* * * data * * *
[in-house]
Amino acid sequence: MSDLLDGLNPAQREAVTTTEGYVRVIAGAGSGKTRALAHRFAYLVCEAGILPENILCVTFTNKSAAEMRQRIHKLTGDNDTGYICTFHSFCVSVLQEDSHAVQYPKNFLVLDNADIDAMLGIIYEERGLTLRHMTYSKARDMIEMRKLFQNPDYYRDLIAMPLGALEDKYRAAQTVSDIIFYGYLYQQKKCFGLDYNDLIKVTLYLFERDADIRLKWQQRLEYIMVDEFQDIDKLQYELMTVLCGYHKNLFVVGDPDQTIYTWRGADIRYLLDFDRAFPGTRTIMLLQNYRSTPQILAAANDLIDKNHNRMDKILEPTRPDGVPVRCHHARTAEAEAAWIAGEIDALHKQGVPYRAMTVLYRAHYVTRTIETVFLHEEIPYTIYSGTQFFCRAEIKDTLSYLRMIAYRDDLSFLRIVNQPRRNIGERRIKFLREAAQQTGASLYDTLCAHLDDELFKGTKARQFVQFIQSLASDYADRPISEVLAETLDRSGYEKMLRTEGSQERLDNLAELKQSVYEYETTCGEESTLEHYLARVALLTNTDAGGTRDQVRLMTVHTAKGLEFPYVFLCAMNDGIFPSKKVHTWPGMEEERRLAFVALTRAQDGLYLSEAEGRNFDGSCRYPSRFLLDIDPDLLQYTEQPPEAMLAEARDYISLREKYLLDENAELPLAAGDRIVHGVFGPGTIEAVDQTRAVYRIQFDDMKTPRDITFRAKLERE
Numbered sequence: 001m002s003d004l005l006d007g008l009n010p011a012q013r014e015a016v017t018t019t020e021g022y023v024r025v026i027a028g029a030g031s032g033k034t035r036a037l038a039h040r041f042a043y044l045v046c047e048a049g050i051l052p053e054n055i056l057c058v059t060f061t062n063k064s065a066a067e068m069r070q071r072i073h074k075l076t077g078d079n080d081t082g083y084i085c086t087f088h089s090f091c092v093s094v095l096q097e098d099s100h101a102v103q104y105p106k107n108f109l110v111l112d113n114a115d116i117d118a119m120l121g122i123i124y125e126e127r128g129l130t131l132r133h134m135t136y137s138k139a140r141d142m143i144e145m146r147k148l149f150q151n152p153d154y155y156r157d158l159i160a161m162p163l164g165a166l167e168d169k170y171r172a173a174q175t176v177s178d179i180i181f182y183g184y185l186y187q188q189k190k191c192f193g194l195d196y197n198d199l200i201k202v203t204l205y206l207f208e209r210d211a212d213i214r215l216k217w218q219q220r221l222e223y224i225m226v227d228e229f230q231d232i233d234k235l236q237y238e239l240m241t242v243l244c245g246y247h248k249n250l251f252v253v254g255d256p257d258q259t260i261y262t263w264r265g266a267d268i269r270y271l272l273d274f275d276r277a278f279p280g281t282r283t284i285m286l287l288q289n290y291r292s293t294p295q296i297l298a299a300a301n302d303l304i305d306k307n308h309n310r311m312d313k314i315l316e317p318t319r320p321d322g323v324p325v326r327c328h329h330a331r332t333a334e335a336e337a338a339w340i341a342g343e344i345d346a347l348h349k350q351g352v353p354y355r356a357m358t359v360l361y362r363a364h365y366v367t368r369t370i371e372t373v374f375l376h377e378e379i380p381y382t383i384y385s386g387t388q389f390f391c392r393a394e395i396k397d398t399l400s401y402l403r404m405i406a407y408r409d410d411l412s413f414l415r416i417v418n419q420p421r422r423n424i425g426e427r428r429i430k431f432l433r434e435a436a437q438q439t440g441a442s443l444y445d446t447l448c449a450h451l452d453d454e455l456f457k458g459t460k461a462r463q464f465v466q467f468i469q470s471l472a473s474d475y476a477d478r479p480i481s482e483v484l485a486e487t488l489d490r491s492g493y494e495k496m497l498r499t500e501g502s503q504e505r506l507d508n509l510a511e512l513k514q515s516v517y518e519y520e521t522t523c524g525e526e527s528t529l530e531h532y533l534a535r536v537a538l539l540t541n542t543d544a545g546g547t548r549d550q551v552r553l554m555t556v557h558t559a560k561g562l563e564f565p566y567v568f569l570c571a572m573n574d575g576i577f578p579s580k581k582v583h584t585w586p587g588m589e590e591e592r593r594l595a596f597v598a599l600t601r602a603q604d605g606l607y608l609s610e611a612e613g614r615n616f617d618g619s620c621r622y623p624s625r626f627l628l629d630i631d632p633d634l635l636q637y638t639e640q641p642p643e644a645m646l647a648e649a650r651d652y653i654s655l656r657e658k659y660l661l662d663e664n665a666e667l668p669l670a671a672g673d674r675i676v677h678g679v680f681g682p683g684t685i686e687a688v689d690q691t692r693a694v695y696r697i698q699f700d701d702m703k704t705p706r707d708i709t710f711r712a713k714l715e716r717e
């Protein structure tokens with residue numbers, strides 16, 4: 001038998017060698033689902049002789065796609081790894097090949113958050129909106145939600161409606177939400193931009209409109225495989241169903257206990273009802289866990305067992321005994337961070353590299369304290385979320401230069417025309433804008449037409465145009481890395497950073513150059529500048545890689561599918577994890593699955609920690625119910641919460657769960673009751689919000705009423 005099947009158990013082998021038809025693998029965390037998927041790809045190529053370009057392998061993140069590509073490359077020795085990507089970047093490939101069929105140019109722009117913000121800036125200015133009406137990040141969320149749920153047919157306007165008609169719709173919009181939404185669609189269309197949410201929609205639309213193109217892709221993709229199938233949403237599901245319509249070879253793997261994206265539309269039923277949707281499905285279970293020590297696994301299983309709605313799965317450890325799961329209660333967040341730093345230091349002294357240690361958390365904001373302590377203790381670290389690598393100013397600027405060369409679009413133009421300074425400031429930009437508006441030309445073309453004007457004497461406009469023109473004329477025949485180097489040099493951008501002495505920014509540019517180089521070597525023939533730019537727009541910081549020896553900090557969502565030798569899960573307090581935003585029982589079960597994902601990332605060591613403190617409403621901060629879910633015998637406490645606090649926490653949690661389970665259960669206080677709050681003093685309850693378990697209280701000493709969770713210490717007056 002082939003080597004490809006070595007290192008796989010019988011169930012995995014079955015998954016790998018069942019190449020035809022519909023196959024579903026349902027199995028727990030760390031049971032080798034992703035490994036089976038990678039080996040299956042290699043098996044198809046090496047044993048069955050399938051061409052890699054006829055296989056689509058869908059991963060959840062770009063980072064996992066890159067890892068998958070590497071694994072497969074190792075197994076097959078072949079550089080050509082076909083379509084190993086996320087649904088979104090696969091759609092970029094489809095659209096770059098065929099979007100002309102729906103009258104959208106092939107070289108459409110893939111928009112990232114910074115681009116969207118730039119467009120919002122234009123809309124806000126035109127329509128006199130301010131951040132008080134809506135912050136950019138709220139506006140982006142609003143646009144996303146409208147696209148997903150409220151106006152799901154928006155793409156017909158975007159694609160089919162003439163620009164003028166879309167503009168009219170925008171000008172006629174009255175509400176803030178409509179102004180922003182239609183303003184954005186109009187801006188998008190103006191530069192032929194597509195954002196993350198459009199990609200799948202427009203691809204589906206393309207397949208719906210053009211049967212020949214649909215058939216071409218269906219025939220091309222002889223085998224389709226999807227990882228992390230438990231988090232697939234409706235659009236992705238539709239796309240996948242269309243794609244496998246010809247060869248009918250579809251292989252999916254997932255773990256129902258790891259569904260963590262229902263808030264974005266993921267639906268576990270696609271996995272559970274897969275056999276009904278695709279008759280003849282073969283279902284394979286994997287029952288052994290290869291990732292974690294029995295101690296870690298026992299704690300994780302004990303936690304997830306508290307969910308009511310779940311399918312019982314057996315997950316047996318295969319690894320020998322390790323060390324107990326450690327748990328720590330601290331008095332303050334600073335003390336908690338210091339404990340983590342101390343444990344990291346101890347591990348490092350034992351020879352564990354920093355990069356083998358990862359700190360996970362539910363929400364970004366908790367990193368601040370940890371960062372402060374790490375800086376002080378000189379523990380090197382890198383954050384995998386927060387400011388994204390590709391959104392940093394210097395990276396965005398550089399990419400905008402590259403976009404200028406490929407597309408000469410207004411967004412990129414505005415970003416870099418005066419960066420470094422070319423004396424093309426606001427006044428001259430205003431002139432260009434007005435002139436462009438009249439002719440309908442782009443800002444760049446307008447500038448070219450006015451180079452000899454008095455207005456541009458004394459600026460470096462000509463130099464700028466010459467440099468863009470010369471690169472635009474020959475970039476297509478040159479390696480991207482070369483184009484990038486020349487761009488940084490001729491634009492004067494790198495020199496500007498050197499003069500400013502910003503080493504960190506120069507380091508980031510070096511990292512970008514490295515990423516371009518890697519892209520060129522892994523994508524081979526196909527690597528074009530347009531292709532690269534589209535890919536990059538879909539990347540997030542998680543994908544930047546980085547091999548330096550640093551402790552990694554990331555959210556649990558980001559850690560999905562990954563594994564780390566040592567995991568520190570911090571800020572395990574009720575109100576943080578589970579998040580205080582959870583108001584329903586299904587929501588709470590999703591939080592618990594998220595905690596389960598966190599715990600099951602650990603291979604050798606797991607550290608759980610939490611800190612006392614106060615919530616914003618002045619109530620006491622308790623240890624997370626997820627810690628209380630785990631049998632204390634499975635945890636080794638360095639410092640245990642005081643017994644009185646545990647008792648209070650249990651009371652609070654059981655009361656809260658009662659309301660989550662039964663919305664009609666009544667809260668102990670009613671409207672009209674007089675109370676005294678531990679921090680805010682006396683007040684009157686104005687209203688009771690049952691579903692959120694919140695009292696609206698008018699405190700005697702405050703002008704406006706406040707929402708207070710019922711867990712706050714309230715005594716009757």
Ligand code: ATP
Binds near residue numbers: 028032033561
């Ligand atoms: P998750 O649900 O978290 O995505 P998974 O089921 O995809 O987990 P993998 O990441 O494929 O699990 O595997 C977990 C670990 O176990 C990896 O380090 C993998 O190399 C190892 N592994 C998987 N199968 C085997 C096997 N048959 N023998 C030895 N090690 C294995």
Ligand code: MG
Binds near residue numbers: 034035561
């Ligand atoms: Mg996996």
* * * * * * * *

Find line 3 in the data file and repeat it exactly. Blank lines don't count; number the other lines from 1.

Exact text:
Numbered sequence: 001m002s003d004l005l006d007g008l009n010p011a012q013r014e015a016v017t018t019t020e021g022y023v024r025v026i027a028g029a030g031s032g033k034t035r036a037l038a039h040r041f042a043y044l045v046c047e048a049g050i051l052p053e054n055i056l057c058v059t060f061t062n063k064s065a066a067e068m069r070q071r072i073h074k075l076t077g078d079n080d081t082g083y084i085c086t087f088h089s090f091c092v093s094v095l096q097e098d099s100h101a102v103q104y105p106k107n108f109l110v111l112d113n114a115d116i117d118a119m120l121g122i123i124y125e126e127r128g129l130t131l132r133h134m135t136y137s138k139a140r141d142m143i144e145m146r147k148l149f150q151n152p153d154y155y156r157d158l159i160a161m162p163l164g165a166l167e168d169k170y171r172a173a174q175t176v177s178d179i180i181f182y183g184y185l186y187q188q189k190k191c192f193g194l195d196y197n198d199l200i201k202v203t204l205y206l207f208e209r210d211a212d213i214r215l216k217w218q219q220r221l222e223y224i225m226v227d228e229f230q231d232i233d234k235l236q237y238e239l240m241t242v243l244c245g246y247h248k249n250l251f252v253v254g255d256p257d258q259t260i261y262t263w264r265g266a267d268i269r270y271l272l273d274f275d276r277a278f279p280g281t282r283t284i285m286l287l288q289n290y291r292s293t294p295q296i297l298a299a300a301n302d303l304i305d306k307n308h309n310r311m312d313k314i315l316e317p318t319r320p321d322g323v324p325v326r327c328h329h330a331r332t333a334e335a336e337a338a339w340i341a342g343e344i345d346a347l348h349k350q351g352v353p354y355r356a357m358t359v360l361y362r363a364h365y366v367t368r369t370i371e372t373v374f375l376h377e378e379i380p381y382t383i384y385s386g387t388q389f390f391c392r393a394e395i396k397d398t399l400s401y402l403r404m405i406a407y408r409d410d411l412s413f414l415r416i417v418n419q420p421r422r423n424i425g426e427r428r429i430k431f432l433r434e435a436a437q438q439t440g441a442s443l444y445d446t447l448c449a450h451l452d453d454e455l456f457k458g459t460k461a462r463q464f465v466q467f468i469q470s471l472a473s474d475y476a477d478r479p480i481s482e483v484l485a486e487t488l489d490r491s492g493y494e495k496m497l498r499t500e501g502s503q504e505r506l507d508n509l510a511e512l513k514q515s516v517y518e519y520e521t522t523c524g525e526e527s528t529l530e531h532y533l534a535r536v537a538l539l540t541n542t543d544a545g546g547t548r549d550q551v552r553l554m555t556v557h558t559a560k561g562l563e564f565p566y567v568f569l570c571a572m573n574d575g576i577f578p579s580k581k582v583h584t585w586p587g588m589e590e591e592r593r594l595a596f597v598a599l600t601r602a603q604d605g606l607y608l609s610e611a612e613g614r615n616f617d618g619s620c621r622y623p624s625r626f627l628l629d630i631d632p633d634l635l636q637y638t639e640q641p642p643e644a645m646l647a648e649a650r651d652y653i654s655l656r657e658k659y660l661l662d663e664n665a666e667l668p669l670a671a672g673d674r675i676v677h678g679v680f681g682p683g684t685i686e687a688v689d690q691t692r693a694v695y696r697i698q699f700d701d702m703k704t705p706r707d708i709t710f711r712a713k714l715e716r717e